President Obama on Tuesday will announce new steps to ramp up the fight against opioid abuse while pressing for millions more dollars to stem the epidemic.
Obama will lay out several policy changes and new grants during the National Rx Drug Abuse and Heroin Summit in Atlanta, which has been organized each of the last five years by a top House Republican, Rep. Hal Rogers (R-Ky.).
But without funding, the administration’s new actions are limited. Obama will announce just one new policy proposal rule — allowing doctors to prescribe addiction-fighting drugs to more patients at a time — and a new task force to evaluate insurance coverage of mental health and drug abuse benefits.
He will also announce that the Department of Health and Human Services (HHS) has finalized a policy that will ensure 23 million people in Medicaid receive the same access to mental-health and drug-addiction benefits as people with private health plans. That policy was first proposed in April 2015 and has been “a top priority for this administration,” according to Dr. Richard Frank, an HHS assistant secretary.
The administration will also announce about $120 million worth of grants, about $94 million which has already been promised to community health centers under ObamaCare.
The steps taken by the White House have been almost entirely separate from Congress’s efforts to fight drug abuse this year.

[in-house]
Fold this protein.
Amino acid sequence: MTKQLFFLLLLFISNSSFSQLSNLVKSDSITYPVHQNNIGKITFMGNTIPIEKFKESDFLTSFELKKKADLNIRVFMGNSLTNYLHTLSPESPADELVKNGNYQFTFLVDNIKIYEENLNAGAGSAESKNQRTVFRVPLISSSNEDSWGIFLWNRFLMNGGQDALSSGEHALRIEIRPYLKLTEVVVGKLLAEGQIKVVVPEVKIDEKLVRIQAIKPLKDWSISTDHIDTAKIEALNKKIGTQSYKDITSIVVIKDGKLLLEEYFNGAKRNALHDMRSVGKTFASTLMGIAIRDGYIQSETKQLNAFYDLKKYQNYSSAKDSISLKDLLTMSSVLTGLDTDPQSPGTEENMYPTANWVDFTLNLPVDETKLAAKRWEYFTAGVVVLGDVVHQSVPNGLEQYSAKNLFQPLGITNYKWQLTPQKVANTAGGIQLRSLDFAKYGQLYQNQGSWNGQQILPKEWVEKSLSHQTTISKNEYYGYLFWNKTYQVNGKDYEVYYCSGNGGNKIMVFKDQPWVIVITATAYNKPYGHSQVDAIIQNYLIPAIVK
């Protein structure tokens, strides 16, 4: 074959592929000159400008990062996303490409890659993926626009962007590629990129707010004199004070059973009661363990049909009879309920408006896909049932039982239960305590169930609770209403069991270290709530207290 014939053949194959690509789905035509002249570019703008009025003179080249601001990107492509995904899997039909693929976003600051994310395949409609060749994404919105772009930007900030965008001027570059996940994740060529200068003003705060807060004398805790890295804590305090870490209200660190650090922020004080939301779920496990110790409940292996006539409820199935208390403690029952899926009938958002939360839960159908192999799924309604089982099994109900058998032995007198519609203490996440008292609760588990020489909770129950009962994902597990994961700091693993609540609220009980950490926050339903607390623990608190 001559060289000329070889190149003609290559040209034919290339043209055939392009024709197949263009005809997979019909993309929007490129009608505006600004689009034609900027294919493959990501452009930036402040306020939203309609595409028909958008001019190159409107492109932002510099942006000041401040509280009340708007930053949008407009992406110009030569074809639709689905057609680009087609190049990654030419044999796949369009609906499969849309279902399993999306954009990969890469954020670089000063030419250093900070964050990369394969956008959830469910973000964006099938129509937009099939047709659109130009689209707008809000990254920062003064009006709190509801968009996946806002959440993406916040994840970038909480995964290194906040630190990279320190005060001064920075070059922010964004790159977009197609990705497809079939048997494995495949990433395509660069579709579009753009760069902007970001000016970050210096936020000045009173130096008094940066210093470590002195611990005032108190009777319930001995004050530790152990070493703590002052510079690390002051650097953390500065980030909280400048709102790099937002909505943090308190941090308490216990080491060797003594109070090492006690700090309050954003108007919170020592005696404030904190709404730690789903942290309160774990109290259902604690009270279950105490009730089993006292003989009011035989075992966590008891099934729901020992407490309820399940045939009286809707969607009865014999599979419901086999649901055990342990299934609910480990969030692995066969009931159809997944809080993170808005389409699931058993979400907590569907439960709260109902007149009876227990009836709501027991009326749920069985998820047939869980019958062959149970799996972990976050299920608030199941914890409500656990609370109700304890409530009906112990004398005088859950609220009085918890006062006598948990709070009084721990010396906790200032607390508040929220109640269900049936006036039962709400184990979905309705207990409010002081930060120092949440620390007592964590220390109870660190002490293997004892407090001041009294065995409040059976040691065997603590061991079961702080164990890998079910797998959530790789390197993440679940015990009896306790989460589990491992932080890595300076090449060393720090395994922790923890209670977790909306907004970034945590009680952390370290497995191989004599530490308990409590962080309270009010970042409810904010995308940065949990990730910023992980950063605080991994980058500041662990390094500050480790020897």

Earlier this month, the Senate approved a bipartisan bill that creates a national task force, shifts funding to community organizations dedicated to fighting addiction and increases the availability of naloxone, a drug to treat opioid overdose. That bill doesn't create any new funding, however, and was nearly derailed by Democrats who believed that funding was necessary.
The most substantial part of Obama’s strategy unveiled Monday is the aim to expand access to medication-assisted treatment.
The administration is planning to ease rules for doctors who prescribe an addiction-fighting drug called buprenorphine, which can be coupled with counseling and behavioral therapy to speed up a person’s recovery.
Under the new rules, doctors would be allowed to prescribe the drug for up to 200 patients — double the current patient limit. The change would amount to “tens of thousands of people” receiving treatment, the administration said.
The remarks will be his most high-profile to date on drug abuse. Obama will be accompanied by his top health leaders from Surgeon General Vivek Murthy to Centers for Disease Control and Prevention (CDC) Director Tom Frieden.
He last spoke extensively about the topic during a speech in West Virginia last October, when he promised a more aggressive approach for prescriber training within federal agencies. Those agencies’ goals are already 75 percent completed, the administration said, noting it is ahead of schedule.
Since that October speech, the White House released a budget calling for $1.1 billion to fight drug addiction — a funding request that he will mention specifically on Tuesday.
Two federal agencies — the CDC and the Food and Drug Administration — also released new policies designed to cut back on doctors prescribing powerful painkillers and better review overall drug approvals.